Every once in a while, you’ll see a tree that grew horizontally for a while before it returned to growing vertically. These bent trees could have resulted from ice or high winds, but there could be another explanation: they were bent by people, for a reason. Specifically, some trees found in American forests were bent by Native Americans for the purpose of marking trails. They were signposts, meant to last a long time. And many of them did. Dennis Downes heard this reasoning behind bent trees when he was a child, and later spent 28 years researching the idea by documenting trees, scanning the historical records, and interviewing Native Americans.
Much of the older work documenting marker trees happened before World War II and before the interstate highway system swept through the country, which required cutting down forests—be they bent or not. One Native American historian told Downes that before the concrete roads came through, it was much more common to find marker trees in Illinois and Wisconsin, for instance. By the time Downes started rediscovering them, even more had been lost. At one point, there were at least 11 bent trees along a trail that went from the shores of Lake Michigan to Skokie, Illinois, around a swampy area. When Janssen was writing, seven of those remained. Some of those seven have since died.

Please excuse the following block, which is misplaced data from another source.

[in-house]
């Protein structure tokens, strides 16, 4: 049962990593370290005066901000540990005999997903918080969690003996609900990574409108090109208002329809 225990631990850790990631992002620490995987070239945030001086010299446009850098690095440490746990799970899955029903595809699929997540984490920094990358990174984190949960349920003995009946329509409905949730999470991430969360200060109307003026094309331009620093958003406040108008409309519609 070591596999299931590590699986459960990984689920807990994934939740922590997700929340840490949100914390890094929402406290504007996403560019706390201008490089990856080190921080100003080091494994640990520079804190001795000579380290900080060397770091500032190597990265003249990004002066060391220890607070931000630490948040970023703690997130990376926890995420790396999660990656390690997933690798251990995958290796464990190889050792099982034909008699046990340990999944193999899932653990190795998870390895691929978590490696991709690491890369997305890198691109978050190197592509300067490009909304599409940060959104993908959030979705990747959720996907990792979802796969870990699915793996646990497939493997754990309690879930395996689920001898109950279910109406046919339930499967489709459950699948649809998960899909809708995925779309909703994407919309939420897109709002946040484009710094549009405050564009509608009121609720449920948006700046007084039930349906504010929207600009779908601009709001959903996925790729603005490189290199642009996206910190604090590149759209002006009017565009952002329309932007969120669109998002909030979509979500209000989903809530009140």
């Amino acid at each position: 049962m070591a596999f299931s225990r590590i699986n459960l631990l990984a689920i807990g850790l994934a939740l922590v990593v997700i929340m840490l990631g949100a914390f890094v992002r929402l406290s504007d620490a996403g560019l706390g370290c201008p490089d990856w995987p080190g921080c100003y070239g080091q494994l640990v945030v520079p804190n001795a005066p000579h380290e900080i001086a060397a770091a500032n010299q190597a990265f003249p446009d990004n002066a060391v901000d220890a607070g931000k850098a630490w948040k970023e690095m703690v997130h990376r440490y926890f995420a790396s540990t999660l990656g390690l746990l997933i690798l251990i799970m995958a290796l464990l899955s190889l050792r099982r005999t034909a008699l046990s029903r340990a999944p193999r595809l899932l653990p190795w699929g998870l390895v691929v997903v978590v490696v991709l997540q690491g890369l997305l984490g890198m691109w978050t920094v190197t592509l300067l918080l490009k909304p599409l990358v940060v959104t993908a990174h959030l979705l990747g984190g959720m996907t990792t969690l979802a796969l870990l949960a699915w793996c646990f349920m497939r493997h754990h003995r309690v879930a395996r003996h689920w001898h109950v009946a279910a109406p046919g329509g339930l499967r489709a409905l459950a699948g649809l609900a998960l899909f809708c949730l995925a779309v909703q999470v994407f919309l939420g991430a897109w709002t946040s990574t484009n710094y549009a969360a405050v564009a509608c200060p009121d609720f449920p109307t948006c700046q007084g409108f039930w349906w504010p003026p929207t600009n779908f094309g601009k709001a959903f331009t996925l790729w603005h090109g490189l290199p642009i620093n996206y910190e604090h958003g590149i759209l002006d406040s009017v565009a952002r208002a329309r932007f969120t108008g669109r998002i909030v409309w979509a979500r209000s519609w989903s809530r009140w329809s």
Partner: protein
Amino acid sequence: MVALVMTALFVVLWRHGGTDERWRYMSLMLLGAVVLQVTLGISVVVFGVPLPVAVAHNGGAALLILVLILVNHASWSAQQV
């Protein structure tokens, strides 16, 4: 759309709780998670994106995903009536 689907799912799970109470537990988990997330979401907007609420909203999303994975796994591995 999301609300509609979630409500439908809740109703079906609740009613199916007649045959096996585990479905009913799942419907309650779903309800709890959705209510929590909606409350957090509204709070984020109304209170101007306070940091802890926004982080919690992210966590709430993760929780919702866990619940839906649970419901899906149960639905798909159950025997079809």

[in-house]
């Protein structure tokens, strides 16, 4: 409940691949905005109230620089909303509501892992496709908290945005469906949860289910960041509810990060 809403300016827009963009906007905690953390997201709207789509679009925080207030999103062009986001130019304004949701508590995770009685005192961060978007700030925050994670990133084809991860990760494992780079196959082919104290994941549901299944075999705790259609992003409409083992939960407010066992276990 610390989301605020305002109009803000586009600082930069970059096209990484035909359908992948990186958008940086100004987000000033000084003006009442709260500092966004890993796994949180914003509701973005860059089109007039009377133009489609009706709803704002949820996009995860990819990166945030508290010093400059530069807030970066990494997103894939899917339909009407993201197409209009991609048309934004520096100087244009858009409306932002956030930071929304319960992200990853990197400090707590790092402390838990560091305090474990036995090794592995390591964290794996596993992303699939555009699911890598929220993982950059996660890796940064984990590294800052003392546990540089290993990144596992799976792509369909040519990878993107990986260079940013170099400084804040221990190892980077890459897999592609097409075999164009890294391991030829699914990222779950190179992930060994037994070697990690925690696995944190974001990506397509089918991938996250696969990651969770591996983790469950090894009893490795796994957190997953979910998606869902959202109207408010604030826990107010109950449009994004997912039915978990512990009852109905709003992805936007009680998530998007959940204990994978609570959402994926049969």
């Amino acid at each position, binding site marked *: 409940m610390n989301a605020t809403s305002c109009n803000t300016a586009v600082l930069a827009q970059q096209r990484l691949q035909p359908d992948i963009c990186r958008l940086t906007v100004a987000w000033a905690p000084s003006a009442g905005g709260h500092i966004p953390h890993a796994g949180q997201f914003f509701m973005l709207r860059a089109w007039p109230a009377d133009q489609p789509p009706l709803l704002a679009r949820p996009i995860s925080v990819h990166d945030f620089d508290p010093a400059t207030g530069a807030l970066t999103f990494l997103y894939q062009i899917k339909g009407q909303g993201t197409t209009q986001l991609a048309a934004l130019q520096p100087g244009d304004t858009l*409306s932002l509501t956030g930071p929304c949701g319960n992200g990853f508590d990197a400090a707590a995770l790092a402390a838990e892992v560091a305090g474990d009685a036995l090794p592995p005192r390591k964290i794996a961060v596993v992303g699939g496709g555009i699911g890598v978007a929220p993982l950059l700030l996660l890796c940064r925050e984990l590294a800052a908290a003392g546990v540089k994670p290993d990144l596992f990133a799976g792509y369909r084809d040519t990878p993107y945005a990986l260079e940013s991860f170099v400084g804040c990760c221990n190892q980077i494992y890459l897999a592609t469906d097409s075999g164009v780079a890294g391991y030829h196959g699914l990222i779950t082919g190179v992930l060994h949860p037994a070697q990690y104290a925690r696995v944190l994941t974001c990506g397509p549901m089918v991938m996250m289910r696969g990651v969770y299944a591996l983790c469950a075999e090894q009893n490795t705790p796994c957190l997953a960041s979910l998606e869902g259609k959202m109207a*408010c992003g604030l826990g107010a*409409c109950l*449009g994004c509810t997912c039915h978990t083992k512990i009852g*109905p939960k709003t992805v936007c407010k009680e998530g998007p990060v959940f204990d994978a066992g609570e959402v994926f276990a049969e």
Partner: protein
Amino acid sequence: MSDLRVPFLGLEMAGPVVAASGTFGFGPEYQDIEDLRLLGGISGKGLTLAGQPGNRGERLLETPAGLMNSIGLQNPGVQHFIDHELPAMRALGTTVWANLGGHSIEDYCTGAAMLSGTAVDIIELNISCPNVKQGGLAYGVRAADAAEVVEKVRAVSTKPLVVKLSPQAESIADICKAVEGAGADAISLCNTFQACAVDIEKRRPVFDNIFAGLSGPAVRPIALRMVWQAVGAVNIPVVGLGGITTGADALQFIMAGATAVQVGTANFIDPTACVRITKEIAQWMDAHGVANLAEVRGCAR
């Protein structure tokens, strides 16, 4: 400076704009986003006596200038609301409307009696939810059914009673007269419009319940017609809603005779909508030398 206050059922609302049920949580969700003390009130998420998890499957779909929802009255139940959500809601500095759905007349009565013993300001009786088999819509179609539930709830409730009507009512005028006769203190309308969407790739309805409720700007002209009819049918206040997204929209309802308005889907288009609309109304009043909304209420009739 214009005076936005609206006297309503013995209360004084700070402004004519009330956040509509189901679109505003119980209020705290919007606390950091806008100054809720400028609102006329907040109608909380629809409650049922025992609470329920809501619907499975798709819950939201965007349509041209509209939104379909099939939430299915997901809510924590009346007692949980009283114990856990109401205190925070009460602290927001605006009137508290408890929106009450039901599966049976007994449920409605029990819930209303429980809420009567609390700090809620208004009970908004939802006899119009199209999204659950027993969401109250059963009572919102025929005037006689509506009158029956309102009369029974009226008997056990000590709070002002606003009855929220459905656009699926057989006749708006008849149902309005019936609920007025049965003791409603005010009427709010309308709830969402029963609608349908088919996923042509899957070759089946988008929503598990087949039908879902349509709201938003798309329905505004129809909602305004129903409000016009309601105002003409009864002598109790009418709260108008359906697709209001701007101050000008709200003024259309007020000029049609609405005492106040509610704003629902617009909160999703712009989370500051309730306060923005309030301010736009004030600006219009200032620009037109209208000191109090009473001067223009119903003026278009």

Perhaps the best evidence for man-made marker trees comes from tribal elders. In one case, for example, Earl Otchingwanigan, a professor emeritus and Smithsonian consultant, showed Downes a marker tree that had been created in 1933, by two men who had been 70 at the time–old enough to have at least learned the practice from people who might have shaped original marker trees.
Read about Downes’ quest to find trail marker trees and discern their meaning at Atlas Obscura.
(Image credit: Dennis Downes)